Nor does the Solomon Amendment abridge the professors’ freedom of association. No law professor is compelled to be seen with or talk to the military recruiters on the few and brief occasions they set foot on campus. And no reasonable person — certainly not a law student properly trained by his professors in the canons of evidence and argument — could conclude from the recruiters’ short and infrequent visits that law professors approve of the military’s presence on campus. If there is the slightest misunderstanding — among students, administrators, fellow colleagues, or the general public — law professors, by their very vocation, could hardly be better placed to correct the public record.

Principles Have Consequences

At the same time, the Solomon Amendment serves a critical government end. It assists the military in recruiting from among the best law students in the nation to staff its internal legal corp. And it provides this assistance during a war that poses novel and difficult legal questions concerning, among other things, detention of enemy combatants, forms of interrogation, and citizens’ privacy.

It is true that the Solomon Amendment involves a condition that many law professors find onerous, even repugnant. But there is no constitutional right to nullify duly enacted laws because one disagrees with the policy they express or experiences them as a painful burden.

Moreover, nobody is holding a gun to anybody’s head, requiring universities to accept federal funds for academic work. If the law professors could persuade their deans and university presidents — to say nothing of themselves — to do without federal funding, then, notwithstanding the war and the needs of the nation’s military, the law professors could, under the Solomon Amendment, keep military recruiters off campus. Trouble is, the law professors want their principle and to pay no price for standing by it.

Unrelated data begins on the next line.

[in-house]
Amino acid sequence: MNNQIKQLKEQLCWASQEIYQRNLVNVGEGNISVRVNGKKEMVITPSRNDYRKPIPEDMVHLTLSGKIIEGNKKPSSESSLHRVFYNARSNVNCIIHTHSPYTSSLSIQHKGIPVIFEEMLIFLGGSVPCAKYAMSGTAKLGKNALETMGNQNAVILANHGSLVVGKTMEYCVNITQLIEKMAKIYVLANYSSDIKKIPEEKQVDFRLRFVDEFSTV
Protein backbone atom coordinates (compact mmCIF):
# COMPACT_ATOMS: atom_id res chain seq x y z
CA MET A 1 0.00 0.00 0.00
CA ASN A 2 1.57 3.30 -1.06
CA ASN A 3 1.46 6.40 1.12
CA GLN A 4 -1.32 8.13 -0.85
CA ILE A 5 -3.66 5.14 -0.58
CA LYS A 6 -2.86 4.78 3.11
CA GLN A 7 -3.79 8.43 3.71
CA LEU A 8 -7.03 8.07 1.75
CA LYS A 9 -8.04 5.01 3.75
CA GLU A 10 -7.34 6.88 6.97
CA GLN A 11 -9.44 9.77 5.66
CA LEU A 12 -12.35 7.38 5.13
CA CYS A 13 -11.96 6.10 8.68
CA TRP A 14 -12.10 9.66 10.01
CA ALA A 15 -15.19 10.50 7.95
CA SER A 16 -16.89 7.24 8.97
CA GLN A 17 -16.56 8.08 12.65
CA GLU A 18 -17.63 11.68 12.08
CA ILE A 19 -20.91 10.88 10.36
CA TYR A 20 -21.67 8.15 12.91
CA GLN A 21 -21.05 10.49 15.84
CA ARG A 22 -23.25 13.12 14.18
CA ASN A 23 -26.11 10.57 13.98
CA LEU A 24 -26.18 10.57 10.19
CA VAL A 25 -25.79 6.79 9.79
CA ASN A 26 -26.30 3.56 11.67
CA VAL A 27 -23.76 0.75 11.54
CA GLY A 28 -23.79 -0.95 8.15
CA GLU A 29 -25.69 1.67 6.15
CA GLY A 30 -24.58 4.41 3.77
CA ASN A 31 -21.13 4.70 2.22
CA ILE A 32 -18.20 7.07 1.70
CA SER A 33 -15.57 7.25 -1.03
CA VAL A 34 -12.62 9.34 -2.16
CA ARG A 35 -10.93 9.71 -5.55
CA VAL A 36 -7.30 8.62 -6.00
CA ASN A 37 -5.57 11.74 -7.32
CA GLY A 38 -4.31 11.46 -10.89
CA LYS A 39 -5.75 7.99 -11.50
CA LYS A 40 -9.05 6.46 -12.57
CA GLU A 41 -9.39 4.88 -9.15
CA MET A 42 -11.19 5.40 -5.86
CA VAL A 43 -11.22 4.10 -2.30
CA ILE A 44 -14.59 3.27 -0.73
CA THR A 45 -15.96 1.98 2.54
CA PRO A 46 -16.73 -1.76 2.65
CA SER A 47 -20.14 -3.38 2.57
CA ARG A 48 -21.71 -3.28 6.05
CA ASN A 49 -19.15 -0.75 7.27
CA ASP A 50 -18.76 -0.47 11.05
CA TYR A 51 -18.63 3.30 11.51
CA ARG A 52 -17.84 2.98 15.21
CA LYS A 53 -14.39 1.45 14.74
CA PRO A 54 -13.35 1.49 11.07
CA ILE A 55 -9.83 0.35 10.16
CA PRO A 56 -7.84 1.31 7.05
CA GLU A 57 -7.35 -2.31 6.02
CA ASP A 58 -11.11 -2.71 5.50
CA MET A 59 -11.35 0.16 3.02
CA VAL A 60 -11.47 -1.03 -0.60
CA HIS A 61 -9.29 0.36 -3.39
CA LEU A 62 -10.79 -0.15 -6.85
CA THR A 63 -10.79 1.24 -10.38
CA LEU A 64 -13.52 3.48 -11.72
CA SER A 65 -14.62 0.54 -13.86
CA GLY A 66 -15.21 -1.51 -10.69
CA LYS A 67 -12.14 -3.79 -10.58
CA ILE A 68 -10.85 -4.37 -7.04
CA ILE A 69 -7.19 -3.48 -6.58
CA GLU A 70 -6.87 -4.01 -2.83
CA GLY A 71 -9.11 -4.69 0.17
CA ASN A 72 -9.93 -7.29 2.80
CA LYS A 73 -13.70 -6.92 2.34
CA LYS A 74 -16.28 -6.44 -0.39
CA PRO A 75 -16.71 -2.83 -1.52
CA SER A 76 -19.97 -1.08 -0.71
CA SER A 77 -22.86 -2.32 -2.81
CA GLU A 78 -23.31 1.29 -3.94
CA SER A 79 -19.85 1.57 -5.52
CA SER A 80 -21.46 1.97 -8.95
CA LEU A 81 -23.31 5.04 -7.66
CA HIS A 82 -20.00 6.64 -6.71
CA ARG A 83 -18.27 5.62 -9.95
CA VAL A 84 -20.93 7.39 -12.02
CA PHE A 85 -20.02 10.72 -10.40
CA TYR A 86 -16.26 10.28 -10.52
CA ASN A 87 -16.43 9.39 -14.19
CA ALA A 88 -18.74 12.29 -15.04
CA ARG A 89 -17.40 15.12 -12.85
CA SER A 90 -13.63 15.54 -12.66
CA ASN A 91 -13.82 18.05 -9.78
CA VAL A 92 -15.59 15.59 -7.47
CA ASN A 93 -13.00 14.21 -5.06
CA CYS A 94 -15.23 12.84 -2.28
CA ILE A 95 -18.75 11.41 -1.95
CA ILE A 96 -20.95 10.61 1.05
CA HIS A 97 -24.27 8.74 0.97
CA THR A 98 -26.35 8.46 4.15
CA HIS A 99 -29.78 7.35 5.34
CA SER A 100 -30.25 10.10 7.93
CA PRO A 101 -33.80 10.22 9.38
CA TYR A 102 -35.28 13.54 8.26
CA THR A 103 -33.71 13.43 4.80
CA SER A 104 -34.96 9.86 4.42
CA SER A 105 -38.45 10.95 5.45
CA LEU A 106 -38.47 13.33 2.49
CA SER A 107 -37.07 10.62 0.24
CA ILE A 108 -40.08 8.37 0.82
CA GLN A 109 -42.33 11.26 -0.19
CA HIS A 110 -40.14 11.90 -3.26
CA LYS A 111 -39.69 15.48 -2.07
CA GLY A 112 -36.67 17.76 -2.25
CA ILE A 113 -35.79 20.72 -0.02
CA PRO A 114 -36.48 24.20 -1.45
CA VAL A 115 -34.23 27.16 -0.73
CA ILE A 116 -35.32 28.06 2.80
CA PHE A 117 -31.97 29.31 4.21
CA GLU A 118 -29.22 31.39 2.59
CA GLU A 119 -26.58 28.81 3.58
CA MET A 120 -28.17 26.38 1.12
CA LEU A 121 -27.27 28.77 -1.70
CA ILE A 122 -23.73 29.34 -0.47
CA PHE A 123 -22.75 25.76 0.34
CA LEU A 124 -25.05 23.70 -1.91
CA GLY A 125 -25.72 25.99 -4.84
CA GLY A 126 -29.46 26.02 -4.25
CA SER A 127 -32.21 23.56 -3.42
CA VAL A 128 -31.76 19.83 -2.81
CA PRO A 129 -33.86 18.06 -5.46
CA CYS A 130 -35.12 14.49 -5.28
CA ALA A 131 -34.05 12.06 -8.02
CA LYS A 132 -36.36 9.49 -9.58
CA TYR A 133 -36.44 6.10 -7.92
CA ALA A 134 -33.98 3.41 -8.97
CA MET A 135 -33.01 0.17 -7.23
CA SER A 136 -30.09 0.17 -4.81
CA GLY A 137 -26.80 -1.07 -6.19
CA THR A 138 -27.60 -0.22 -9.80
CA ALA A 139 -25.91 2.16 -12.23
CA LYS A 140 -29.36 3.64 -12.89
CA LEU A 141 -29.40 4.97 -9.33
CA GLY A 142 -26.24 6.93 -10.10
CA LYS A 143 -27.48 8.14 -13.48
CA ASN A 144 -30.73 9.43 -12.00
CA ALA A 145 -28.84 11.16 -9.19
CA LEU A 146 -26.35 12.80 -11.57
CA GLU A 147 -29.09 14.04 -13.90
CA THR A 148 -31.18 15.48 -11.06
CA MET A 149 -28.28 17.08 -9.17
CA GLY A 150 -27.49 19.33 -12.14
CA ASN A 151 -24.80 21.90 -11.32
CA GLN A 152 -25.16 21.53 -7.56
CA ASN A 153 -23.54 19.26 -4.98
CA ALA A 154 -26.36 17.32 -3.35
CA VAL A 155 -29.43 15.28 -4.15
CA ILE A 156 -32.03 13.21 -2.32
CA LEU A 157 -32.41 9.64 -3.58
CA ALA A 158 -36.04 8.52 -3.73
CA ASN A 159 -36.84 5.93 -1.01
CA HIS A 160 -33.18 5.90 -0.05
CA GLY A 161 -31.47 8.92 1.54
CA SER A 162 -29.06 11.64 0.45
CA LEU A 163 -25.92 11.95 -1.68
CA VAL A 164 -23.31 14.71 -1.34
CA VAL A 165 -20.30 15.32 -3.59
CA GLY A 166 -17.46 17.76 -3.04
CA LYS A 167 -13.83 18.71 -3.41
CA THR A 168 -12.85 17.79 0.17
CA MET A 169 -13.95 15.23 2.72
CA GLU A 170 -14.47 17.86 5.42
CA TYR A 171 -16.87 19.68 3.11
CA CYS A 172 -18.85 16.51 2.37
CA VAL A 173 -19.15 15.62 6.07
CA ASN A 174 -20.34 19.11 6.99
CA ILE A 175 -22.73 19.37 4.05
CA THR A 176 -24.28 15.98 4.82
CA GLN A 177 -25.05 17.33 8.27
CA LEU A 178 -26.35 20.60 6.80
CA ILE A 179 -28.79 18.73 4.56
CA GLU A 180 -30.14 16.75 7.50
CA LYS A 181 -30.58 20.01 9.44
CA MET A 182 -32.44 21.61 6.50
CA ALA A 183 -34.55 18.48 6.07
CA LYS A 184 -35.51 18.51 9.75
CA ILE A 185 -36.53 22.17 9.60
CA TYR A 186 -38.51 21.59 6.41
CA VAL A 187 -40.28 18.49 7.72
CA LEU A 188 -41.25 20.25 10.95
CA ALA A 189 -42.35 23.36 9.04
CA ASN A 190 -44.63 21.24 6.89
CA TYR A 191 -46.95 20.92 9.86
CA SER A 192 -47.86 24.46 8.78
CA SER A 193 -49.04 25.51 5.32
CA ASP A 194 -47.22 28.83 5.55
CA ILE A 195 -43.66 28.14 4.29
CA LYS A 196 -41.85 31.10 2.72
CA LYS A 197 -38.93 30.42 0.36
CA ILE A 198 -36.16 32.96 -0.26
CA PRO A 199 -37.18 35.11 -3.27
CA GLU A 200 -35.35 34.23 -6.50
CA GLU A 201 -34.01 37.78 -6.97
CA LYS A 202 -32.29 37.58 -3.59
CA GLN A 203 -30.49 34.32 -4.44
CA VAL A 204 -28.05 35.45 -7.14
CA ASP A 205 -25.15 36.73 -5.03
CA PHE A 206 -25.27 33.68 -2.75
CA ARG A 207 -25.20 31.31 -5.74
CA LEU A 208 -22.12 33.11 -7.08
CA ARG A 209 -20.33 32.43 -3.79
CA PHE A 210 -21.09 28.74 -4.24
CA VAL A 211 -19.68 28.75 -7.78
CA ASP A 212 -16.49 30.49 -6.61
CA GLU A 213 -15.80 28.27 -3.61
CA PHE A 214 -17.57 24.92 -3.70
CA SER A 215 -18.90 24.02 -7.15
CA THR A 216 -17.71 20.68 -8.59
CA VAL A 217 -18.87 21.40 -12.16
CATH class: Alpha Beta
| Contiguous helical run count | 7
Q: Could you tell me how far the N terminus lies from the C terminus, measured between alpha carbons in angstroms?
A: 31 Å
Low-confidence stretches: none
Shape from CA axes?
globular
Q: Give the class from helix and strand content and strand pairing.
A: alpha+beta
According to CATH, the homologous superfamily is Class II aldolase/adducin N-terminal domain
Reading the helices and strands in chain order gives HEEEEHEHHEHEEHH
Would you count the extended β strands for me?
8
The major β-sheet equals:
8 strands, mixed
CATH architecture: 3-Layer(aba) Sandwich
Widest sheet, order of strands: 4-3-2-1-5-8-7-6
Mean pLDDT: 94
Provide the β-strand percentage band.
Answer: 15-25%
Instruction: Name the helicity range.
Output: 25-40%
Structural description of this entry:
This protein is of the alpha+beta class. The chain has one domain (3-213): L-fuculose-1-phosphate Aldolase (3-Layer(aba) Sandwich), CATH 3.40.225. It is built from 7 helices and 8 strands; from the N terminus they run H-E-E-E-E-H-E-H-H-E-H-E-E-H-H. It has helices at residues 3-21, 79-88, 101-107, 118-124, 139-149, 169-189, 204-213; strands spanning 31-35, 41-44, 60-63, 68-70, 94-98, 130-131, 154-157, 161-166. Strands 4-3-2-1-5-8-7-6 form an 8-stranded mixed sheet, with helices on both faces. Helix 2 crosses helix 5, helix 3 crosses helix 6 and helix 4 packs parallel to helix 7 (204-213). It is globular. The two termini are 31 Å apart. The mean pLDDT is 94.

As it happens, the law professors also deserve to lose because their principle is defective. In practice, they demand a double standard. When it came to affirmative action, a substantial majority of law professors around the country supported the successful arguments put forward by the University of Michigan Law School in Grutter v. Bollinger (2003). Our laws generally and for the most part abhor classifications based on race, reasoned the Court. But, the Court held, because of its educational value, diversity in a student body is a compelling state interest. And university administrators and faculty, the Court agreed with the University of Michigan and the majority of law professors, rightly claim special expertise as educators in determining how to blend and balance races and ethnicities to achieve the optimal diversity.

Notwithstanding the special expertise and exemption from generally applicable law they claimed for themselves and persuaded the Court to recognize in regard to classifying on the basis of race, law professors, when it comes to “Don’t Ask, Don’t Tell,” refuse to concede to the military any special expertise or exemption concerning the requirements of national security. The military, probably the most racially and ethnically integrated institution in the country, believes that permitting openly gay men and women to serve would impair troop discipline and morale by allowing soldiers who are sexually attracted to fellow soldiers to share austere and intimate quarters. The law professors, who generally lack expert knowledge about the American armed forces or national security imperatives, exhibit no interest in or brusquely dismiss such claims.